Seeing that there are boroughs that have experienced an increase in activity following Freedom Day, why not look at the areas of high activity within the boroughs themselves.
Westminster and City of London.
We analysed these two boroughs earlier in the report as they experienced both the highest % change in activity levels, and the highest activity levels, after Freedom Day.
With almost 60 individual f+b hubs across Westminster and City of London, it was most beneficial to highlight those f+b hubs that experienced the highest activity levels; for Westminster this was Leicester Square (by a long shot) and China town – shown in Map 3.
It is interesting to note that these f+b hubs are located in close proximity to each other which does indicate that once in London people are possibly happy to walk around and explore the surrounding areas; if they are visiting Chinatown after a recommendation from TikTok, they may venture into Leicester Square for instance.
Graph 7 follows a pattern that was almost expected after Freedom Day – that activity levels in London would continue to increase, as people's confidence returns. These two F+B hubs are really the core of London's night time economy and we see that activity had flatlined until restrictions were eased, and since then levels have only grown as Londoners and tourists alike rediscover the restaurants, bars, clubs and theatres London has to offer. Night time economies had few ways to function under the previous restrictions, so their recovery only really begins now, and its hard to imagine the growth seen here will slow down soon.
Chinatown, like Leicester Square (and many other places in London) is a destination in its own right, however the increase popularity in social media platforms such as TikTok could be part of the reason why activity levels are increasing in this f+b hub. “Where to eat in London” type videos have shot up in popularity, particularly now Lockdown has lifted and people are desperate to get out of the house and explore the UK (either further afield or right on their doorstep). Food stops in Chinatown have been making the tops of the list, including Bunsik (for their Corndogs) or Hefaure, for their dreamy Japanese pancakes.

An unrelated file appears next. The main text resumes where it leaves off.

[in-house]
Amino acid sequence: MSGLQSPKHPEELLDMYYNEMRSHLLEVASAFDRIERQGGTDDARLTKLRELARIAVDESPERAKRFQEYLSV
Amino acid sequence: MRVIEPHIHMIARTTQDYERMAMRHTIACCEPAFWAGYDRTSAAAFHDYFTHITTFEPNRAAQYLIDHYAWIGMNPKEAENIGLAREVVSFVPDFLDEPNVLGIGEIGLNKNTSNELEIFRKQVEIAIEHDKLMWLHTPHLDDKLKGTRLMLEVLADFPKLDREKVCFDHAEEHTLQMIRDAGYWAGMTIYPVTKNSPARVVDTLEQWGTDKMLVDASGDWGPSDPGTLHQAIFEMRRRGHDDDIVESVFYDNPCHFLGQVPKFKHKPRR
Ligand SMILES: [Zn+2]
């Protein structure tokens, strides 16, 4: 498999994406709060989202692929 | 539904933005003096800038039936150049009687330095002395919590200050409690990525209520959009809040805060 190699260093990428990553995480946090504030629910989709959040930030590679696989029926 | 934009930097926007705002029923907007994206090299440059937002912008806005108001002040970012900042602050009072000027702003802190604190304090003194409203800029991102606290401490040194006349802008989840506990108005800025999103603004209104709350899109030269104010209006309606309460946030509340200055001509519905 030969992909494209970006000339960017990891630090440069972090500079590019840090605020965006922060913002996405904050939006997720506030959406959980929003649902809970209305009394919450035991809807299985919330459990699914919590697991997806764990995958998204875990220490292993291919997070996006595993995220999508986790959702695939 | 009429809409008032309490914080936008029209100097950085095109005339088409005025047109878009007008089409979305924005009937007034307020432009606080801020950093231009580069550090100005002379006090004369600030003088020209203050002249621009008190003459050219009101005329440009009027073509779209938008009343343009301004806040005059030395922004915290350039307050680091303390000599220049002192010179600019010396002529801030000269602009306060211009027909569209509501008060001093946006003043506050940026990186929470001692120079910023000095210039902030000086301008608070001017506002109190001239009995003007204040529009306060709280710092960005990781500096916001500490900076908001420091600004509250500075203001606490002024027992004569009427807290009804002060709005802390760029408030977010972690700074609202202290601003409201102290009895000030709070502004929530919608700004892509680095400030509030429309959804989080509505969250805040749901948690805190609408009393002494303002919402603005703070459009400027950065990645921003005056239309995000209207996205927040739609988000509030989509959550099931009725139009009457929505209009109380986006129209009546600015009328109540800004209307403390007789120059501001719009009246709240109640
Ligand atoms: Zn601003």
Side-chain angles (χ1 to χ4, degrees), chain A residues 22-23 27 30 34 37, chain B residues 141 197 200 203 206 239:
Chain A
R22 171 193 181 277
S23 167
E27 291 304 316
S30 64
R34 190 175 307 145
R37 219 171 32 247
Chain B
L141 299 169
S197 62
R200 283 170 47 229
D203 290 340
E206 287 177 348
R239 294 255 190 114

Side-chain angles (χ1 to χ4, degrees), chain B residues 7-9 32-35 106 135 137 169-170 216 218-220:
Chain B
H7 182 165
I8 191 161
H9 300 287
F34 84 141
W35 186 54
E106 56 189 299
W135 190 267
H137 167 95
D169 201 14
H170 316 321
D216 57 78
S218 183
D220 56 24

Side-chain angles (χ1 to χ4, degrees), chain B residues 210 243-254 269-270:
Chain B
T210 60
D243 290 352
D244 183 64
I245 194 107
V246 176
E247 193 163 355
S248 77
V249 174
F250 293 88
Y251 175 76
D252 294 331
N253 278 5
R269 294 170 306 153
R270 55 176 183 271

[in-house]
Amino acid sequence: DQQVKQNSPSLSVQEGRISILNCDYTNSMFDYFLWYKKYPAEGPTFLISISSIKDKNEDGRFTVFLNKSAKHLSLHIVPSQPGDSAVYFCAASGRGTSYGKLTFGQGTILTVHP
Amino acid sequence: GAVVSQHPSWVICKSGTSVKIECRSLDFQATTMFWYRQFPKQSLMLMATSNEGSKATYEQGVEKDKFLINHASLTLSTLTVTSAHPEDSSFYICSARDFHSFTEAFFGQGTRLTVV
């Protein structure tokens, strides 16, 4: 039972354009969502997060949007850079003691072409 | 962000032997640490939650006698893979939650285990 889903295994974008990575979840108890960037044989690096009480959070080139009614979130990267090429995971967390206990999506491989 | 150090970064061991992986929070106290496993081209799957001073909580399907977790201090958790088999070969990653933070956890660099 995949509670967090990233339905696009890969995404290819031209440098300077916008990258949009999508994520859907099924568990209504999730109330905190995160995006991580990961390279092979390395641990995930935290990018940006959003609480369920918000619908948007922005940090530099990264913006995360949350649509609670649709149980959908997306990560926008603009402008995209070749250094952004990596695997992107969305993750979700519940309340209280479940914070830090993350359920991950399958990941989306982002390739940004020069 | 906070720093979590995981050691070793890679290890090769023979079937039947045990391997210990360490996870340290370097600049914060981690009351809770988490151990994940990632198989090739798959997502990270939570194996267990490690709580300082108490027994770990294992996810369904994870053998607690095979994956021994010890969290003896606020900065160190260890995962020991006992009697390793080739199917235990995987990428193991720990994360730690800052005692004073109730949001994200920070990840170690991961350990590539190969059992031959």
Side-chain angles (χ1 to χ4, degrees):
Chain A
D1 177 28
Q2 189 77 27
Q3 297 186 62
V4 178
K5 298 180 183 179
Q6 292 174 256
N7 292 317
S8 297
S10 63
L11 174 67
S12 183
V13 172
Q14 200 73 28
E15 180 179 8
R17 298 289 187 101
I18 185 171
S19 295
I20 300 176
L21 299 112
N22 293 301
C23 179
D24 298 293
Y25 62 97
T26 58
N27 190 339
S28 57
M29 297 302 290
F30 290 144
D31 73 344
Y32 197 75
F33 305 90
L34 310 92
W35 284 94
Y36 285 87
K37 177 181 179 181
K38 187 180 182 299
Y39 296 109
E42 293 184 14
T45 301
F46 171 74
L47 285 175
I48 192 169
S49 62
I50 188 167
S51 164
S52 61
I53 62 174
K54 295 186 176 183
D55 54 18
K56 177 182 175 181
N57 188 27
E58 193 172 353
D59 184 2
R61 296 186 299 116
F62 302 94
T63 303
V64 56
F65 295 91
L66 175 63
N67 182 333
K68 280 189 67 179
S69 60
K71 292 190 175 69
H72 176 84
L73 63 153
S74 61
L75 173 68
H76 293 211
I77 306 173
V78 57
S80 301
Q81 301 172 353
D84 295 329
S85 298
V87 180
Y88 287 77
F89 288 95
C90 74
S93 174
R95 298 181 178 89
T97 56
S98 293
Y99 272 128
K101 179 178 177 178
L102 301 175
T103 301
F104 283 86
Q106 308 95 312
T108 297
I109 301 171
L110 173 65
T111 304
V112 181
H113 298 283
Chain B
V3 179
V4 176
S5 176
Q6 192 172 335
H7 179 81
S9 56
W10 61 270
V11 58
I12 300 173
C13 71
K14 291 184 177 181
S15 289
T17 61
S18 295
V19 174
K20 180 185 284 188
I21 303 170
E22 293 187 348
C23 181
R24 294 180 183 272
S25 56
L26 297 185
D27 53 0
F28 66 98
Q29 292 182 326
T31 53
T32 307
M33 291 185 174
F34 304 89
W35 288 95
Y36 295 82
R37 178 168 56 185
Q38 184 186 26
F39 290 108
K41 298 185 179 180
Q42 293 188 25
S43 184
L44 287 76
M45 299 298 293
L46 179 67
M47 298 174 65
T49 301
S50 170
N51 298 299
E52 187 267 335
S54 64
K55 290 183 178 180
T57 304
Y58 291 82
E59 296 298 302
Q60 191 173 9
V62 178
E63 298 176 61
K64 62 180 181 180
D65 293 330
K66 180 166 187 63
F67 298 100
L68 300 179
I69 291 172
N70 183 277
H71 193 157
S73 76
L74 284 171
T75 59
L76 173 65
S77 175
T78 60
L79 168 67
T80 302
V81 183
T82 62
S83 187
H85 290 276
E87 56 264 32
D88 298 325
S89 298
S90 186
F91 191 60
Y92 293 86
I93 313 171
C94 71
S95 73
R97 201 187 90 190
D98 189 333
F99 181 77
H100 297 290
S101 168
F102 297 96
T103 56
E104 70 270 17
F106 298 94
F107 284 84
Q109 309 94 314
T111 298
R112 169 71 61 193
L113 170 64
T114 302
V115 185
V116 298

In City of London, it was Monument and Tower Hill f+b hubs that experienced the highest activity levels – shown in Map 3.
Unlike Graph 7, Graph 8 follows a pattern that wasn’t initially predicted; whilst Monument followed the pattern of (steady) increase through the 4 weeks before and after Freedom Day, Tower Hill has instead seen two major spikes in activity - weeks commencing June 28th and July 26th. Interesting to note, these were 3 weeks before and 1 week after Freedom Day (respectively).
With regards to Monument, the proximity to London Bridge as well as the plethora of restaurants and bars could have influenced the increase in activity levels. With restrictions lifting, and groups over 6 able to join together in venues, ordering at the bar a ‘pre-covid’ activity we can once again do, and nightclubs opening their doors and dancefloors, we expected that areas with bars and nightclubs to experience an increase in activity.
Wandsworth and Hackney.
The borough of Wandsworth and Hackney (alongside City of London and Westminster) saw the highest activity levels after Freedom Day.
As Wandsworth and Hackney have fewer f+b hubs that Westminster and Chinatown it was viable to present them all in Graphs 9 & 10.
As is evident, Balham High Street and Upper Putney high street experienced the highest average weekly activity levels in Wandsworth. Looking at Map 4, it is interesting to note that these two f+b hubs aren’t necessarily in close proximity, with Upper Putney High Street in North West Wandsworth, and Balham high street closer to East. It could be argued that proximity results in an activity level through flow. Graph 9 indicates that Church Square Putney f+b hub was the third ‘busiest’ hub in Wandsworth, which is located near to Upper Putney High Street.